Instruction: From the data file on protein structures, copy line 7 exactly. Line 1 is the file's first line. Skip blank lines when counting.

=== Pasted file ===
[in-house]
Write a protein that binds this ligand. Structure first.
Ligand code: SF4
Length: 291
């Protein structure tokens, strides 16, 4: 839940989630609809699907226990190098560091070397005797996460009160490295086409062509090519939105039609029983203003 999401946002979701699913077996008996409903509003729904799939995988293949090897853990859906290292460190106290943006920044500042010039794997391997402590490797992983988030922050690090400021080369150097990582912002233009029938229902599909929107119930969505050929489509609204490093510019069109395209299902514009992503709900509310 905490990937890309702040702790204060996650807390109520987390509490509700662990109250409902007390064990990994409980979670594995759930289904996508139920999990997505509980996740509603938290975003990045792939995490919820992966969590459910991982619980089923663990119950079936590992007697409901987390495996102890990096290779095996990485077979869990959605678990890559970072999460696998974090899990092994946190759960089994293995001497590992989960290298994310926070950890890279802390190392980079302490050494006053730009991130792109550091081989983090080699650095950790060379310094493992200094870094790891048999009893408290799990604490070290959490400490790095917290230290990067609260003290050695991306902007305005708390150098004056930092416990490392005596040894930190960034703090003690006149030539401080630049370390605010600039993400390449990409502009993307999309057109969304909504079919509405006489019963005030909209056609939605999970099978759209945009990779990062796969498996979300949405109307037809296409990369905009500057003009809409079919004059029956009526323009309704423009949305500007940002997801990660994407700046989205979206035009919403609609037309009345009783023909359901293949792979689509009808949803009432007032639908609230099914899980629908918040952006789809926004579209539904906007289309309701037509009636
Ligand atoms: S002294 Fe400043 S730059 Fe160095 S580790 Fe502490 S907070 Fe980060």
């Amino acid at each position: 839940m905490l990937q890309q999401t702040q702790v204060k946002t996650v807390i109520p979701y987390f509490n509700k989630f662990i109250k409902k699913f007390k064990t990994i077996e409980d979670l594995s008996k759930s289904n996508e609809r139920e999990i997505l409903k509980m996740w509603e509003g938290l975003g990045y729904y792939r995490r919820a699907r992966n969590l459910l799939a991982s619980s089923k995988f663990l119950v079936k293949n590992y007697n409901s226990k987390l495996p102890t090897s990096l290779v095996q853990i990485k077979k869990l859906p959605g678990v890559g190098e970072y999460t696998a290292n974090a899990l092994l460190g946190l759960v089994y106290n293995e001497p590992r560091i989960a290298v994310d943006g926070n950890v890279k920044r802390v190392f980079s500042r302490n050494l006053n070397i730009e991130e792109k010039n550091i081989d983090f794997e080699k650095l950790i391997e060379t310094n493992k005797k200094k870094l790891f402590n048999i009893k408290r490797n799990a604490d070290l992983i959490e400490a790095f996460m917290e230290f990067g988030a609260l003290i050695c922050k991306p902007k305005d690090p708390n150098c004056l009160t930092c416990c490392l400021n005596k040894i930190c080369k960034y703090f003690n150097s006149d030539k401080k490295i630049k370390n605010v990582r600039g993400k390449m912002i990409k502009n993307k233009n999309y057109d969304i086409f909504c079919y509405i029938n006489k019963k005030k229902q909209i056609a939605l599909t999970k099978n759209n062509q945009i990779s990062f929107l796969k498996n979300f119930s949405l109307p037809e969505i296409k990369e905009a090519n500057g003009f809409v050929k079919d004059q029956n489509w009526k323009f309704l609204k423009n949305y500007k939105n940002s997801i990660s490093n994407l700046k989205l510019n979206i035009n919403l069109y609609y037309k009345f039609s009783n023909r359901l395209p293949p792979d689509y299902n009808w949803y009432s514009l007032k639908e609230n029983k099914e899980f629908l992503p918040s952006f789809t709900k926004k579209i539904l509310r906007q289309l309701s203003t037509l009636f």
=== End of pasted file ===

């Amino acid at each position: 839940m905490l990937q890309q999401t702040q702790v204060k946002t996650v807390i109520p979701y987390f509490n509700k989630f662990i109250k409902k699913f007390k064990t990994i077996e409980d979670l594995s008996k759930s289904n996508e609809r139920e999990i997505l409903k509980m996740w509603e509003g938290l975003g990045y729904y792939r995490r919820a699907r992966n969590l459910l799939a991982s619980s089923k995988f663990l119950v079936k293949n590992y007697n409901s226990k987390l495996p102890t090897s990096l290779v095996q853990i990485k077979k869990l859906p959605g678990v890559g190098e970072y999460t696998a290292n974090a899990l092994l460190g946190l759960v089994y106290n293995e001497p590992r560091i989960a290298v994310d943006g926070n950890v890279k920044r802390v190392f980079s500042r302490n050494l006053n070397i730009e991130e792109k010039n550091i081989d983090f794997e080699k650095l950790i391997e060379t310094n493992k005797k200094k870094l790891f402590n048999i009893k408290r490797n799990a604490d070290l992983i959490e400490a790095f996460m917290e230290f990067g988030a609260l003290i050695c922050k991306p902007k305005d690090p708390n150098c004056l009160t930092c416990c490392l400021n005596k040894i930190c080369k960034y703090f003690n150097s006149d030539k401080k490295i630049k370390n605010v990582r600039g993400k390449m912002i990409k502009n993307k233009n999309y057109d969304i086409f909504c079919y509405i029938n006489k019963k005030k229902q909209i056609a939605l599909t999970k099978n759209n062509q945009i990779s990062f929107l796969k498996n979300f119930s949405l109307p037809e969505i296409k990369e905009a090519n500057g003009f809409v050929k079919d004059q029956n489509w009526k323009f309704l609204k423009n949305y500007k939105n940002s997801i990660s490093n994407l700046k989205l510019n979206i035009n919403l069109y609609y037309k009345f039609s009783n023909r359901l395209p293949p792979d689509y299902n009808w949803y009432s514009l007032k639908e609230n029983k099914e899980f629908l992503p918040s952006f789809t709900k926004k579209i539904l509310r906007q289309l309701s203003t037509l009636f």